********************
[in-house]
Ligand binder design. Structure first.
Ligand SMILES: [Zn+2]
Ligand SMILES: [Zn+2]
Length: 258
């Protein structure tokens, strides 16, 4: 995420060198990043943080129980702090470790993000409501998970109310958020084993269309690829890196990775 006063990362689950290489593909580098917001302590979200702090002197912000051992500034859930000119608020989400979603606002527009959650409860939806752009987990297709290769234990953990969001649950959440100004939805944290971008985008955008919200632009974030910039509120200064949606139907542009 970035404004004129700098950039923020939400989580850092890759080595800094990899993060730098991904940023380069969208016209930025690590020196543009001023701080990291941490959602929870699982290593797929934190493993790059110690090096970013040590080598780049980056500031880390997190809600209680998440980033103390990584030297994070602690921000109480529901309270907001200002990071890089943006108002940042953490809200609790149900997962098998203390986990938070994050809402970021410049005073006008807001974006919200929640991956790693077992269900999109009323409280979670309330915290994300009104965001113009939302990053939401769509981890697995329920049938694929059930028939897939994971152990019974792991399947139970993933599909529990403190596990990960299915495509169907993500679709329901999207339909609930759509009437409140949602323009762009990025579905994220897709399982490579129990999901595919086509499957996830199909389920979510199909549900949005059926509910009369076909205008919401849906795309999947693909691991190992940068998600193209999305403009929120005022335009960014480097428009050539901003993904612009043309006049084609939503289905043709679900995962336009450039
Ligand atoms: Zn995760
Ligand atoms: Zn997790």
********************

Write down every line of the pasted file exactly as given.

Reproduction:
[in-house]
Ligand binder design. Structure first.
Ligand SMILES: [Zn+2]
Ligand SMILES: [Zn+2]
Length: 258
């Protein structure tokens, strides 16, 4: 995420060198990043943080129980702090470790993000409501998970109310958020084993269309690829890196990775 006063990362689950290489593909580098917001302590979200702090002197912000051992500034859930000119608020989400979603606002527009959650409860939806752009987990297709290769234990953990969001649950959440100004939805944290971008985008955008919200632009974030910039509120200064949606139907542009 970035404004004129700098950039923020939400989580850092890759080595800094990899993060730098991904940023380069969208016209930025690590020196543009001023701080990291941490959602929870699982290593797929934190493993790059110690090096970013040590080598780049980056500031880390997190809600209680998440980033103390990584030297994070602690921000109480529901309270907001200002990071890089943006108002940042953490809200609790149900997962098998203390986990938070994050809402970021410049005073006008807001974006919200929640991956790693077992269900999109009323409280979670309330915290994300009104965001113009939302990053939401769509981890697995329920049938694929059930028939897939994971152990019974792991399947139970993933599909529990403190596990990960299915495509169907993500679709329901999207339909609930759509009437409140949602323009762009990025579905994220897709399982490579129990999901595919086509499957996830199909389920979510199909549900949005059926509910009369076909205008919401849906795309999947693909691991190992940068998600193209999305403009929120005022335009960014480097428009050539901003993904612009043309006049084609939503289905043709679900995962336009450039
Ligand atoms: Zn995760
Ligand atoms: Zn997790």